The Swine Flu: How to Protect Your Family's Health

When I learned that seventeen children on my eldest son's football team had been diagnosed with swine flu virus this year, I became concerned. The reports in the media have us frightened, but we should not be scared into inaction. In this article, you'll learn how to protect yourself and your children from the H1N1 virus.

Although most of think of the flu in much the same way that we think of a cold, the flu can be very dangerous. In fact, every year, 40,000 people in the United States die from it. Back in the 1950's, my mother had the Hong Kong flu when she was 18 years old. Even in the prime of her youth, she almost died from it. At one point, she was absolutely delirious and she lost about thirty pounds. For six months, after her miraculous recovery, she weighed in at only 87 pounds.

Of course, everyone knows about the 1918 Spanish flu pandemic. This was caused by an extremely virulent strain of the H1N1 virus. The pandemic lasted two years, spread around the world (and remember, this was before people were traveling as much as we do today), infected 500 million people and killed between 50-100 million people.

Like the 1918 flu, the swine flu targets people with the strongest immunity in our population: teens and young adults because it creates an overreaction in the immune system and the stronger your immunity, the

Symptoms of the H1N1 Virus

The symptoms of the swine flu are no different than the symptoms of any other type of flu: fever, aches and pains, chills, sweats, and respiratory symptoms are what you need to look for. What makes this flu different is that you may get sick, better and sick again. If you get sick a second time, this is when you need to take aggressive action because the second time around, you will be hit with bacterial pneumonia. The onset of symptoms is swift and if this isn't caught early enough, the results can be fatal. In fact, my mother, who has been a nurse for over 30 years, says that so far this year, three young mothers have died of the swine flu in her hospital. Try as they might, the doctors simply could not save them.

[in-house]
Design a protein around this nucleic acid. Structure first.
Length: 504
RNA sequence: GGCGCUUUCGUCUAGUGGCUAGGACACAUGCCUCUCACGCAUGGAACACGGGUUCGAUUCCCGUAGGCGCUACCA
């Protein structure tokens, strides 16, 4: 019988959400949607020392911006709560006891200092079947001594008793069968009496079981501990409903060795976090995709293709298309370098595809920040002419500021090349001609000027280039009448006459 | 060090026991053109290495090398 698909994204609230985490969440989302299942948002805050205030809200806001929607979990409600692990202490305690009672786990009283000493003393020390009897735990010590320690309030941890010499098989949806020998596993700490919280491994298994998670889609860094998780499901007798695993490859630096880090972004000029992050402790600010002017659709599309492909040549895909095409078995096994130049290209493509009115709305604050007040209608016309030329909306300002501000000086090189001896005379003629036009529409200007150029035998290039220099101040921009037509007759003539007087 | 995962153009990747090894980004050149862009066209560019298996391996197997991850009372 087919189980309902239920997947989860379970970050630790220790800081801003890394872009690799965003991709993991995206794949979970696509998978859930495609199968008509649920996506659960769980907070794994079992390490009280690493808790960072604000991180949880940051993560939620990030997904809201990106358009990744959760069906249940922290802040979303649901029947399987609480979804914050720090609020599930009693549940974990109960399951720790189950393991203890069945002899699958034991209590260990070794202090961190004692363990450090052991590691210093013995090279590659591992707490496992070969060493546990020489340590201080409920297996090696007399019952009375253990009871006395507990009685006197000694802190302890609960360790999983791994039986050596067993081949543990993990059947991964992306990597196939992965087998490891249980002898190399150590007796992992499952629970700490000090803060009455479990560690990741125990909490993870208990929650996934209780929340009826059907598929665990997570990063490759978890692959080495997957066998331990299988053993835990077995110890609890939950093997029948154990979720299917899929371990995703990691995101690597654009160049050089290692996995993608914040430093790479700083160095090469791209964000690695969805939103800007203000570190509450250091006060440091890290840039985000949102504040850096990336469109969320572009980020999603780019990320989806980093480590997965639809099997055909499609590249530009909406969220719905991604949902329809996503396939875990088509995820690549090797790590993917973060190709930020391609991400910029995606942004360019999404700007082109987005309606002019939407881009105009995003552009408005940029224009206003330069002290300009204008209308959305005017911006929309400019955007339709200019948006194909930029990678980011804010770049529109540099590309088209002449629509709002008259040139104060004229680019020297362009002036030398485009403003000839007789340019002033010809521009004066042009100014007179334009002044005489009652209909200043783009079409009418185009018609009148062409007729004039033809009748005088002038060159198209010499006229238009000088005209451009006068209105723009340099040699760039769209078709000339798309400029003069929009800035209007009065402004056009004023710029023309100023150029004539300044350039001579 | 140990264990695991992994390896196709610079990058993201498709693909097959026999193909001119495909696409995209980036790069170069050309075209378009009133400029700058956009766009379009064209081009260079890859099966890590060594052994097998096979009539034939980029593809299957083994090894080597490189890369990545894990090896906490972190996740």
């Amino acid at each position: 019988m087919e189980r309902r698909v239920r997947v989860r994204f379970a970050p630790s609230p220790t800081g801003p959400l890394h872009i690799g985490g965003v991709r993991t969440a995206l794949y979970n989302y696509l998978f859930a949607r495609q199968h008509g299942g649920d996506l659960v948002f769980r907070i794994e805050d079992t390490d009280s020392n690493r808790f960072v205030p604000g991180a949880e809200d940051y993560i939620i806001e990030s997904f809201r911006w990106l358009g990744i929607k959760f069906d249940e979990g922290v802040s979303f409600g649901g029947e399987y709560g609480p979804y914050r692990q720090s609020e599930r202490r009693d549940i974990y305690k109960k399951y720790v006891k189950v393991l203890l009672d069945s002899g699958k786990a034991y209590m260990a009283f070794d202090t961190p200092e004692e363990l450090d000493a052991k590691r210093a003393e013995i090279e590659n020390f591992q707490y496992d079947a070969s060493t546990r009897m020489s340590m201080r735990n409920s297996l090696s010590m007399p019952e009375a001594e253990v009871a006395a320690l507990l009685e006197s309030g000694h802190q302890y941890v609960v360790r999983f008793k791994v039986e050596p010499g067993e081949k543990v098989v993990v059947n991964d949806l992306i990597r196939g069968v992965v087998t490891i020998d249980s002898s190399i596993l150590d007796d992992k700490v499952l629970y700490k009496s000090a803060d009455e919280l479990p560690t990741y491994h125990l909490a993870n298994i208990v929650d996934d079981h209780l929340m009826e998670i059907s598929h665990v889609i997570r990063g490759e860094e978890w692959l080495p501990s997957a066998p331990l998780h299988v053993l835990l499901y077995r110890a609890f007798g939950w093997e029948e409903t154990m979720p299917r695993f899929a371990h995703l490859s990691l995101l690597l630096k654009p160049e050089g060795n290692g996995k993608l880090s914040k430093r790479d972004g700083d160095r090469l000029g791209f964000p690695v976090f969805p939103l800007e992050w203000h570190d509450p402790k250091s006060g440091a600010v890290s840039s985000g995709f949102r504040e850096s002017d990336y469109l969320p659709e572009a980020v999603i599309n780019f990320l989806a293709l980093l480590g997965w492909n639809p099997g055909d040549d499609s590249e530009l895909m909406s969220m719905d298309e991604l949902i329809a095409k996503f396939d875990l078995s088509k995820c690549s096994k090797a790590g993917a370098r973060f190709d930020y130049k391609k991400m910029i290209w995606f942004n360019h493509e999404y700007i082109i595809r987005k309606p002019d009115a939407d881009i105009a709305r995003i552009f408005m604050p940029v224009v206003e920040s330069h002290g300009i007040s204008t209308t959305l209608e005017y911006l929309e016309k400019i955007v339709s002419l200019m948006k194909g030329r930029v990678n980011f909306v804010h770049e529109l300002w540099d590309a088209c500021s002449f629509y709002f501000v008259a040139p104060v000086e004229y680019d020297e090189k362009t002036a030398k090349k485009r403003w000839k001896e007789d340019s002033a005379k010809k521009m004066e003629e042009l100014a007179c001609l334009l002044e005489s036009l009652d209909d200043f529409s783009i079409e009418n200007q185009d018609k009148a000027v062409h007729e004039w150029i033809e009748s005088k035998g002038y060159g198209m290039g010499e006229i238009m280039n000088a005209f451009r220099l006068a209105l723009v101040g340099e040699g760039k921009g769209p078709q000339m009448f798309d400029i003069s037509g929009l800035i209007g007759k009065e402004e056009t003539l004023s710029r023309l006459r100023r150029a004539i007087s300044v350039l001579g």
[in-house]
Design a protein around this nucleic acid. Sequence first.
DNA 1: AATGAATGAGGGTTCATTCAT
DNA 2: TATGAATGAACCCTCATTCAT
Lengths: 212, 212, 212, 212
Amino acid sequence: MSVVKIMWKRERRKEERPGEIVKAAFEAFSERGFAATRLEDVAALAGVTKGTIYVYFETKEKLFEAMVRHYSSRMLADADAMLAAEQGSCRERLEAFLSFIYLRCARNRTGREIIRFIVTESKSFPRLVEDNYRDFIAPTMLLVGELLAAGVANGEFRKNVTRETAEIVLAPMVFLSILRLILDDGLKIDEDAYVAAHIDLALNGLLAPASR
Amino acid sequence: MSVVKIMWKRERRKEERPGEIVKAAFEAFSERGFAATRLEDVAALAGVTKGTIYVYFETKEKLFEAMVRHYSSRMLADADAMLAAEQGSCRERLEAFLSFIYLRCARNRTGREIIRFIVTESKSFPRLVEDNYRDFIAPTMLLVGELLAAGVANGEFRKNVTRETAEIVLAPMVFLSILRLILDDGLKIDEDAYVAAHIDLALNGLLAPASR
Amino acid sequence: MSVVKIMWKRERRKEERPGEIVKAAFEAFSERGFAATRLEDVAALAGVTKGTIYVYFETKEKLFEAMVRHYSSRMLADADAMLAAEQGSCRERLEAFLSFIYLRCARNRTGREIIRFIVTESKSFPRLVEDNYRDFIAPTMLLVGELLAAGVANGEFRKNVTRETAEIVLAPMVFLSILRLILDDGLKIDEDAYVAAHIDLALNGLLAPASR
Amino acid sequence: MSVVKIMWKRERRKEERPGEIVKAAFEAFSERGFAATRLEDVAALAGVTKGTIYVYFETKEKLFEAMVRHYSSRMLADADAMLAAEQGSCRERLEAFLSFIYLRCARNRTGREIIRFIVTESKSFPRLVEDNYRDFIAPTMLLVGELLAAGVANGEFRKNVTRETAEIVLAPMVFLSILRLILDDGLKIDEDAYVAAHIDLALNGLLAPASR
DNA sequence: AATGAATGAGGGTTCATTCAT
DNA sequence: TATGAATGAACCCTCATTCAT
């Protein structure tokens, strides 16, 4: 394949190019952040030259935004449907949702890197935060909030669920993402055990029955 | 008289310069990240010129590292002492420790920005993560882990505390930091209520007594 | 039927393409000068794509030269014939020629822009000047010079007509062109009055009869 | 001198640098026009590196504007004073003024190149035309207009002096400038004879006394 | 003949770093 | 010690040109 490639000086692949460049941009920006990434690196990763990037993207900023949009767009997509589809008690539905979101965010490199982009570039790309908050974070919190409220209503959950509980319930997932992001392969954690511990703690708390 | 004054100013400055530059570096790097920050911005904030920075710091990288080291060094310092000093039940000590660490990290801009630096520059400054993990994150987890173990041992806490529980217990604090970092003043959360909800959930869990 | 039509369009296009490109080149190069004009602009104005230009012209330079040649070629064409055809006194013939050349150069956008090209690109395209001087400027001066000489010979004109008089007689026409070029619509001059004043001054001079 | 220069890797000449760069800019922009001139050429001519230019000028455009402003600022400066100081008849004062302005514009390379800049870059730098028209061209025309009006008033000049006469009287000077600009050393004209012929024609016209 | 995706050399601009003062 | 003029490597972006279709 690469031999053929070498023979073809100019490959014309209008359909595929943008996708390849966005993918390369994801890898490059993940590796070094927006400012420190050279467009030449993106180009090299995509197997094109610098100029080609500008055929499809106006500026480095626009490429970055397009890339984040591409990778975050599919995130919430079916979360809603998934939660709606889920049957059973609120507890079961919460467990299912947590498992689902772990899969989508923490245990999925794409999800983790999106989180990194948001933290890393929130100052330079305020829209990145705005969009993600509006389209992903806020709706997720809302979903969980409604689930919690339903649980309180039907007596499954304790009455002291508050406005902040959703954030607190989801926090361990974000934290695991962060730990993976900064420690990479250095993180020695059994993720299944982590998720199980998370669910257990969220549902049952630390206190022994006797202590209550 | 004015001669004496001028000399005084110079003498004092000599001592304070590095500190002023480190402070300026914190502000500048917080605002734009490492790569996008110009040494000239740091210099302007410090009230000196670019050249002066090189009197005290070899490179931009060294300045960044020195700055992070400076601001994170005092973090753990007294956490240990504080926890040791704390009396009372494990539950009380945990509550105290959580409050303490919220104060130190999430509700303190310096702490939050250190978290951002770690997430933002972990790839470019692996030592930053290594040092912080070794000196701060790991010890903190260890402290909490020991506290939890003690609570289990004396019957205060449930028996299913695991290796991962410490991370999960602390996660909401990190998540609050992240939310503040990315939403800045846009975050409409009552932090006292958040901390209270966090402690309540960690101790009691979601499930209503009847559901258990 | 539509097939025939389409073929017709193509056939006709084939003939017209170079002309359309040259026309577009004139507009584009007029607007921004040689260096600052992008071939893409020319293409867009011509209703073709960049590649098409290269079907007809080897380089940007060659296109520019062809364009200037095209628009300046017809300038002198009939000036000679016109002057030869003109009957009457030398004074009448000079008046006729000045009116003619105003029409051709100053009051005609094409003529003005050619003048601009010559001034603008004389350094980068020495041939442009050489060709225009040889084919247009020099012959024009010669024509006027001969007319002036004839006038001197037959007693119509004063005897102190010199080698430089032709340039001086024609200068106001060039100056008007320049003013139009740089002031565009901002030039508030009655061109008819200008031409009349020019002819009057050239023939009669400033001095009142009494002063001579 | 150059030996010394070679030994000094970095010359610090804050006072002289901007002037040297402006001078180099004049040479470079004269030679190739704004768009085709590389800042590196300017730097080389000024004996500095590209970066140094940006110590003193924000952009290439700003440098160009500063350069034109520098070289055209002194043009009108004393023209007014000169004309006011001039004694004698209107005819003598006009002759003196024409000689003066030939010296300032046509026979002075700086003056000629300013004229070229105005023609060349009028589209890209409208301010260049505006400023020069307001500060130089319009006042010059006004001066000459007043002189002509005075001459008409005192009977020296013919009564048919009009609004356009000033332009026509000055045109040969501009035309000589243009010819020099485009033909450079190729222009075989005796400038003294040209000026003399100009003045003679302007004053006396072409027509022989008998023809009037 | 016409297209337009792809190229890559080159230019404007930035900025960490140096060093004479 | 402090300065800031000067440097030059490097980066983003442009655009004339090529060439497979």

So the bottom line is, if you get sick a second time, take yourself to the hospital immediately and insist on being treated for bacterial pneumonia.

Currently, there is no swine flu vaccine. Although they are working on it, medical professionals don't think it will be ready before the flu season hits. Of course, where I live, it has already hit hard in our high schools and it's only the third week of school.

The best thing you can do for the swine flu is wash your hands. Tell your children not to share drinks or food at school or after school activities. Encourage family members to cough into the crook of their arm, rather into their hands which may leave the H1N1 virus on the things they touch for other people to pick up.

If your child gets sick with the flu, take him to the doctor and have him cultured for the swine flu. This way, you will know if he has it and can watch closely for its return and take him to the doctor if he relapses.

The symptoms of bacterial pneumonia which can be an outcome of the swine flu are: fever, coughing out yellow sputum, sore throat. If you put your ear to your child's chest, you might be able to hear the rattled breathing. If you notice these symptoms, don't wait: take your child to the doctor.

Although the flu season hasn't hit us yet, people are already coming down with H1N1 virus. If you and your family have not had it yet, doctors suggest that you get a regular flu vaccine and also a pneumonia vaccine. As mentioned before, currently, there is no swine flu shot.

About the Author: Laura Ramirez is the author of the award-winning parenting book, Keepers of the Children: Native American Wisdom and Parenting, which teaches parents how to raise children to develop their strengths and lead purposeful and fulfilling lives.

Copyright © 2009. All rights reserved. This article may not be copied in full or in part or redistributed in any form without the express written permission of the author.

Swine Flu - Healthy Family


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